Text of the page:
30 Outline © Copyright 1992–2004 by Deitel & Associates, Inc. and Pearson Education Inc. All Rights Reserved. 30 fig11_11.c (1 of 2)

31 Outline © Copyright 1992–2004 by Deitel & Associates, Inc. and Pearson Education Inc. All Rights Reserved. 31 fig11_11.c (2 of 2)

32 © Copyright 1992–2004 by Deitel & Associates, Inc. and Pearson Education Inc. All Rights Reserved Writing Data Randomly to a Randomly Accessed File fseek –Sets file position pointer to a specific position –fseek( pointer, offset, symbolic_constant ); pointer – pointer to file offset – file position pointer (0 is first location) symbolic_constant – specifies where in file we are reading from SEEK_SET – seek starts at beginning of file SEEK_CUR – seek starts at current location in file SEEK_END – seek starts at end of file

33 Outline © Copyright 1992–2004 by Deitel & Associates, Inc. and Pearson Education Inc. All Rights Reserved. 33 fig11_12.c (1 of 3)

34 Outline © Copyright 1992–2004 by Deitel & Associates, Inc. and Pearson Education Inc. All Rights Reserved. 34 fig11_12.c (2 of 3)

35 Outline © Copyright 1992–2004 by Deitel & Associates, Inc. and Pearson Education Inc. All Rights Reserved. 35 fig11_12.c (3 of 3) Program Output Enter account number ( 1 to 100, 0 to end input ) ? 37 Enter lastname, firstname, balance ? Barker Doug 0.00 Enter account number ? 29 Enter lastname, firstname, balance ? Brown Nancy Enter account number ? 96 Enter lastname, firstname, balance ? Stone Sam Enter account number ? 88 Enter lastname, firstname, balance ? Smith Dave Enter account number ? 33 Enter lastname, firstname, balance ? Dunn Stacey Enter account number ? 0

36 © Copyright 1992–2004 by Deitel & Associates, Inc. and Pearson Education Inc. All Rights Reserved Writing Data Randomly to a Randomly Accessed File

37 © Copyright 1992–2004 by Deitel & Associates, Inc. and Pearson Education Inc. All Rights Reserved Reading Data Randomly from a Randomly Accessed File fread –Reads a specified number of bytes from a file into memory fread( &client, sizeof (struct clientData), 1, myPtr ); –Can read several fixed-size array elements Provide pointer to array Indicate number of elements to read –To read multiple elements, specify in third argument

38 Outline © Copyright 1992–2004 by Deitel & Associates, Inc. and Pearson Education Inc. All Rights Reserved. 38 fig11_15.c (1 of 2)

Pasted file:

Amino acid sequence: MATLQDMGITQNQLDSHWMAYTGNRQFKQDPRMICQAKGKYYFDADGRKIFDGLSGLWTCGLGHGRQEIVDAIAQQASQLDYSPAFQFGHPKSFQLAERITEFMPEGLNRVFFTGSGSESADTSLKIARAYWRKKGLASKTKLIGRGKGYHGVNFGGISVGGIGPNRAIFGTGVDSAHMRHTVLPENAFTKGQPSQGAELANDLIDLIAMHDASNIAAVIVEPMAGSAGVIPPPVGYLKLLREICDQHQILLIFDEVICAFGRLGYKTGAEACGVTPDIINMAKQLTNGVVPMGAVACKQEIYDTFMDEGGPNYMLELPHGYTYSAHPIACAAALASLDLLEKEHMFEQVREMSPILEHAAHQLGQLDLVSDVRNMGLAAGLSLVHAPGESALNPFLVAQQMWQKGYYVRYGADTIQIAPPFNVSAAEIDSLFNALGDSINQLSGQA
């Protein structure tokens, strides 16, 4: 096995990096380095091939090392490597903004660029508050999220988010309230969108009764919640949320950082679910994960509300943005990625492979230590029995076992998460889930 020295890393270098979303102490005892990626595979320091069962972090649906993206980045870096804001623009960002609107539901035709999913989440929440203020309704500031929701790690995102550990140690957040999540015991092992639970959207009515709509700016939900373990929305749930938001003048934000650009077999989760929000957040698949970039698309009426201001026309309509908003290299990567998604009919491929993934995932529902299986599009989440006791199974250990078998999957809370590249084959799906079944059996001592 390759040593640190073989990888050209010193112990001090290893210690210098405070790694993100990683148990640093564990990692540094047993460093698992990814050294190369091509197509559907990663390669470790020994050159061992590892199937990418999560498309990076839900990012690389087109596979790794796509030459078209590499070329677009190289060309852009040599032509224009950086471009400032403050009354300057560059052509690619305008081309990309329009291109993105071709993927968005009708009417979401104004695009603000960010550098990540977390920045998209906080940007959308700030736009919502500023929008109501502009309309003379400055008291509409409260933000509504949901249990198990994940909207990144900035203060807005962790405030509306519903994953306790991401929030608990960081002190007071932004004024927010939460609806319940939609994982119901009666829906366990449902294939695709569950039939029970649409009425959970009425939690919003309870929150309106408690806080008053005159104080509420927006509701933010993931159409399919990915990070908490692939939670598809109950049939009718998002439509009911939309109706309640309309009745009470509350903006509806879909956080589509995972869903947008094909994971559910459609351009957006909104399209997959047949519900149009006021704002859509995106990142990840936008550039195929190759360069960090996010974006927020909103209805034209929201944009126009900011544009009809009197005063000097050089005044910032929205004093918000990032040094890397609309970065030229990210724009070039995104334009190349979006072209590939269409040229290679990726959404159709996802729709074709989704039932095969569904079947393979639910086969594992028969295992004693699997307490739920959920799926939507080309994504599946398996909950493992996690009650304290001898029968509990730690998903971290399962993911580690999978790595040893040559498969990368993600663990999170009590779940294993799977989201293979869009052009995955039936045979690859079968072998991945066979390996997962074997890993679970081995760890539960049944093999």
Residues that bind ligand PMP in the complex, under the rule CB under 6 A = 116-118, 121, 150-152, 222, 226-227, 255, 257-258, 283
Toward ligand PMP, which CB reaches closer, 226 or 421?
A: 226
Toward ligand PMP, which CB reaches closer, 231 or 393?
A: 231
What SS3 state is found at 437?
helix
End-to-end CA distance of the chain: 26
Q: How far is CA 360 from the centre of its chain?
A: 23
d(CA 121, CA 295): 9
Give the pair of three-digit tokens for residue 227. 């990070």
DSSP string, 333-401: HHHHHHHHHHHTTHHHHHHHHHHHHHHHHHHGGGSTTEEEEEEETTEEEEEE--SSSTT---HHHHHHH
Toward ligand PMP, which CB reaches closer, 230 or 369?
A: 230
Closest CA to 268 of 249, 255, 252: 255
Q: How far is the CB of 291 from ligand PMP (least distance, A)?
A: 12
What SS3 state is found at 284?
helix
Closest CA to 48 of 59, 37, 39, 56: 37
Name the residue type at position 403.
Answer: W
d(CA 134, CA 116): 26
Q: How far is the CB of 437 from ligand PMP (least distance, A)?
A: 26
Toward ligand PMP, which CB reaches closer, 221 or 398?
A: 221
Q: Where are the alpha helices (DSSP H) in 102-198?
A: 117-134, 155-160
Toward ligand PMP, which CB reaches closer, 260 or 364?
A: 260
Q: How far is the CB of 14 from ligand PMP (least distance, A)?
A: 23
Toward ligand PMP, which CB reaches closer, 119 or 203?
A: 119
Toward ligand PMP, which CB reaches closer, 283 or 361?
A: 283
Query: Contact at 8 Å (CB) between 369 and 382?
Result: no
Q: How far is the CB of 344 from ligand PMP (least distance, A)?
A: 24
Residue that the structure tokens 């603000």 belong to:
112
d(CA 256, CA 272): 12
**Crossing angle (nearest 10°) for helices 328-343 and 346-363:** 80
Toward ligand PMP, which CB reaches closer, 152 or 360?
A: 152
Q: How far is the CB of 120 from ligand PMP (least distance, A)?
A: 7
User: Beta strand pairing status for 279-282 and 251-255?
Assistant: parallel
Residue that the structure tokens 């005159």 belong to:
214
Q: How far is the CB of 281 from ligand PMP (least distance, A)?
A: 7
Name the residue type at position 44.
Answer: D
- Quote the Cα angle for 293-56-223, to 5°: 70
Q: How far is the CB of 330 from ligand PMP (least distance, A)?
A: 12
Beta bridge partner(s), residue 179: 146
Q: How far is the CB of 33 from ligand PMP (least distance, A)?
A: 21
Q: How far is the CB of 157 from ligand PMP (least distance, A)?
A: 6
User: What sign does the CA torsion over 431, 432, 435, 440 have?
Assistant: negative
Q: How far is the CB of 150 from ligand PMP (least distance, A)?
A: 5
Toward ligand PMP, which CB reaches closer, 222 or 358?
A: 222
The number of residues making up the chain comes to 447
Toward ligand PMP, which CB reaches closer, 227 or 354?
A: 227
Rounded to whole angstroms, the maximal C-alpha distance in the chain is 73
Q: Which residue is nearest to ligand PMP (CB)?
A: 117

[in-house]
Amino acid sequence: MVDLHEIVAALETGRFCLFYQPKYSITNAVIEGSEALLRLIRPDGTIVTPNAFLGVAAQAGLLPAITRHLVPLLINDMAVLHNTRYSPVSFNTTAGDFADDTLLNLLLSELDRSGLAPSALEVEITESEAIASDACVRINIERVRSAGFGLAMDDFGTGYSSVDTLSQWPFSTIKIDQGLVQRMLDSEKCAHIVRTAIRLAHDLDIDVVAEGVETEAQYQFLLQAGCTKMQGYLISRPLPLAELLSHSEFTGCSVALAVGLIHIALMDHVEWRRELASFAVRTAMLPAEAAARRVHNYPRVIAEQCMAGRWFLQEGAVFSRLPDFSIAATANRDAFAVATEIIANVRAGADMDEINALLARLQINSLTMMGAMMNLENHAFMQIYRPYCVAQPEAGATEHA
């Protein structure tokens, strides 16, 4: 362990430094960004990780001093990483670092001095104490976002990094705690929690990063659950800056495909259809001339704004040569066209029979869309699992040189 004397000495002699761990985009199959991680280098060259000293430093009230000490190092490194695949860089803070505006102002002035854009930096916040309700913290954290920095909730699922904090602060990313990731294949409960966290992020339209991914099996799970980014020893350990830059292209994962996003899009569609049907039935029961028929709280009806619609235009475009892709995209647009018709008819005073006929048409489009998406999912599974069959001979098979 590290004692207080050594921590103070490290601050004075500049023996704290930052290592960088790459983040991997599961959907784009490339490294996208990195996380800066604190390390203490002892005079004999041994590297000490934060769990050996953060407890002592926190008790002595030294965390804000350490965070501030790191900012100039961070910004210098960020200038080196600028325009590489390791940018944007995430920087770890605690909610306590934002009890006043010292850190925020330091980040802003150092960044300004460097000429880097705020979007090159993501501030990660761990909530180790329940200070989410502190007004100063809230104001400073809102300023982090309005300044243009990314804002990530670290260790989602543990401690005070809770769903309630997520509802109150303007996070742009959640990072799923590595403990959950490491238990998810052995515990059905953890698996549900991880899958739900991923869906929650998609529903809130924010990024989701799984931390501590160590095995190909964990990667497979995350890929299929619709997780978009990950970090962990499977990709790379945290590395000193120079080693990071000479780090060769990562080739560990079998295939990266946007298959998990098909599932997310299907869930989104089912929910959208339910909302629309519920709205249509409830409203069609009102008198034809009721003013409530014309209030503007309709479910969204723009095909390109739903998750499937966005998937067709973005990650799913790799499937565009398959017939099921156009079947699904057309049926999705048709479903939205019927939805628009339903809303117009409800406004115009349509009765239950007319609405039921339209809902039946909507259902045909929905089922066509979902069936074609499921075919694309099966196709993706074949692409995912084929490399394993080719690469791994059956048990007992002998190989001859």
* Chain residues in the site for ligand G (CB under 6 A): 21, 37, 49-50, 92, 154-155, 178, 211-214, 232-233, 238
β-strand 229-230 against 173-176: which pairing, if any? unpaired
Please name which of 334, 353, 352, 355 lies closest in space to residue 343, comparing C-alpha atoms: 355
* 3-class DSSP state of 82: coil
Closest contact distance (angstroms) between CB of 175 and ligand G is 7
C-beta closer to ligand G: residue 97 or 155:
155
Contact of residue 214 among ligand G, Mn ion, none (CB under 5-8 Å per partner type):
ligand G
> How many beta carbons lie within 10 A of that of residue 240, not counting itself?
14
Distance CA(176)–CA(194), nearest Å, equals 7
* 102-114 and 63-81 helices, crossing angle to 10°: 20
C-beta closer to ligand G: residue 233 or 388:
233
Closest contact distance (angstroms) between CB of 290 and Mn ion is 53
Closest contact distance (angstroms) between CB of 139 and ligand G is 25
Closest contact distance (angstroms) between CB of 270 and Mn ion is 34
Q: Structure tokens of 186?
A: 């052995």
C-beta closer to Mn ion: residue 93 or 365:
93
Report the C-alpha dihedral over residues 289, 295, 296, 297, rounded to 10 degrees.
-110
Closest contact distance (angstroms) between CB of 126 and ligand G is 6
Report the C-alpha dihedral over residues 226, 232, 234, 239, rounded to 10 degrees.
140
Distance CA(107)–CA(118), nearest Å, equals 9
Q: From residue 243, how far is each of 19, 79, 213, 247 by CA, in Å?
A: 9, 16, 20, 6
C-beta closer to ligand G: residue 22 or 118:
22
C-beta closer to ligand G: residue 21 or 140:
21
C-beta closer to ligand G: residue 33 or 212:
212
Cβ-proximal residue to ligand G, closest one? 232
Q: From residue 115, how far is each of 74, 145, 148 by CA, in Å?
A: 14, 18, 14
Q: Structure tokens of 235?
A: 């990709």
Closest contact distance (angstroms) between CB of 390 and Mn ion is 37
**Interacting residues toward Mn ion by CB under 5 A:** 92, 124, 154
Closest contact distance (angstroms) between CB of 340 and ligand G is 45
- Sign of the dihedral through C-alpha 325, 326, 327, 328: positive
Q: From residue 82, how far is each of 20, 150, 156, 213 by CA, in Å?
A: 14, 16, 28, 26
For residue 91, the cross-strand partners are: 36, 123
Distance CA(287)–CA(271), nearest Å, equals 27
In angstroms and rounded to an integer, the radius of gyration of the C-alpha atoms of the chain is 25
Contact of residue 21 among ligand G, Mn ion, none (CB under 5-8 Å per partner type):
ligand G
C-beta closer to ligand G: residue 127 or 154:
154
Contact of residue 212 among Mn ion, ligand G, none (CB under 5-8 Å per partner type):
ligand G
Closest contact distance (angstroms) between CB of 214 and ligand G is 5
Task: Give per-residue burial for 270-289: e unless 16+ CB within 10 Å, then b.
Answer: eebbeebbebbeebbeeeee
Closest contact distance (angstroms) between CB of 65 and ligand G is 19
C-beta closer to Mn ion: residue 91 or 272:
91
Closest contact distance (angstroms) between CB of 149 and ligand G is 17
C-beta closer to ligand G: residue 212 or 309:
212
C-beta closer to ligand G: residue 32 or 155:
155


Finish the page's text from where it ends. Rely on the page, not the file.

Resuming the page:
39 Outline © Copyright 1992–2004 by Deitel & Associates, Inc. and Pearson Education Inc. All Rights Reserved. 39 fig11_15.c (2 of 2)

40 Outline © Copyright 1992–2004 by Deitel & Associates, Inc. and Pearson Education Inc. All Rights Reserved. 40 Program Output Acct Last Name First Name Balance 29 Brown Nancy Dunn Stacey Barker Doug Smith Dave Stone Sam 34.98

41 © Copyright 1992–2004 by Deitel & Associates, Inc. and Pearson Education Inc. All Rights Reserved Case Study: A Transaction Processing Program This program –Demonstrates using random access files to achieve instant access processing of a bank’s account information We will –Update existing accounts –Add new accounts –Delete accounts –Store a formatted listing of all accounts in a text file

42 Outline © Copyright 1992–2004 by Deitel & Associates, Inc. and Pearson Education Inc. All Rights Reserved. 42 fig11_16.c (1 of 11)

43 Outline © Copyright 1992–2004 by Deitel & Associates, Inc. and Pearson Education Inc. All Rights Reserved. 43 fig11_16.c (2 of 11)

44 Outline © Copyright 1992–2004 by Deitel & Associates, Inc. and Pearson Education Inc. All Rights Reserved. 44 fig11_16.c (3 of 11)

45 Outline © Copyright 1992–2004 by Deitel & Associates, Inc. and Pearson Education Inc. All Rights Reserved. 45 fig11_16.c (4 of 11)

46 Outline © Copyright 1992–2004 by Deitel & Associates, Inc. and Pearson Education Inc. All Rights Reserved. 46 fig11_16.c (5 of 11)

47 Outline © Copyright 1992–2004 by Deitel & Associates, Inc. and Pearson Education Inc. All Rights Reserved. 47 fig11_16.c (6 of 11)

48 Outline © Copyright 1992–2004 by Deitel & Associates, Inc. and Pearson Education Inc. All Rights Reserved. 48 fig11_16.c (7 of 11)

49 Outline © Copyright 1992–2004 by Deitel & Associates, Inc. and Pearson Education Inc. All Rights Reserved. 49 fig11_16.c (8 of 11)

50 Outline © Copyright 1992–2004 by Deitel & Associates, Inc. and Pearson Education Inc. All Rights Reserved. 50 fig11_16.c (9 of 11)

51 Outline © Copyright 1992–2004 by Deitel & Associates, Inc. and Pearson Education Inc. All Rights Reserved. 51 fig11_16.c (10 of 11)

52 Outline © Copyright 1992–2004 by Deitel & Associates, Inc. and Pearson Education Inc. All Rights Reserved. 52 fig11_16.c (11 of 11)

53 Outline © Copyright 1992–2004 by Deitel & Associates, Inc. and Pearson Education Inc. All Rights Reserved. 53 Program Output After choosing option 2 accounts.txt contains: Enter account to update ( ): Barker Doug 0.00 Enter charge ( + ) or payment ( - ): Barker Doug After choosing option 3 accounts.txt contains: Enter new account number ( ): 22 Enter lastname, firstname, balance ? Johnston Sarah After choosing option 1 accounts.txt contains: Acct Last Name First Name Balance 29 Brown Nancy Dunn Stacey Barker Doug Smith Dave Stone Sam 34.98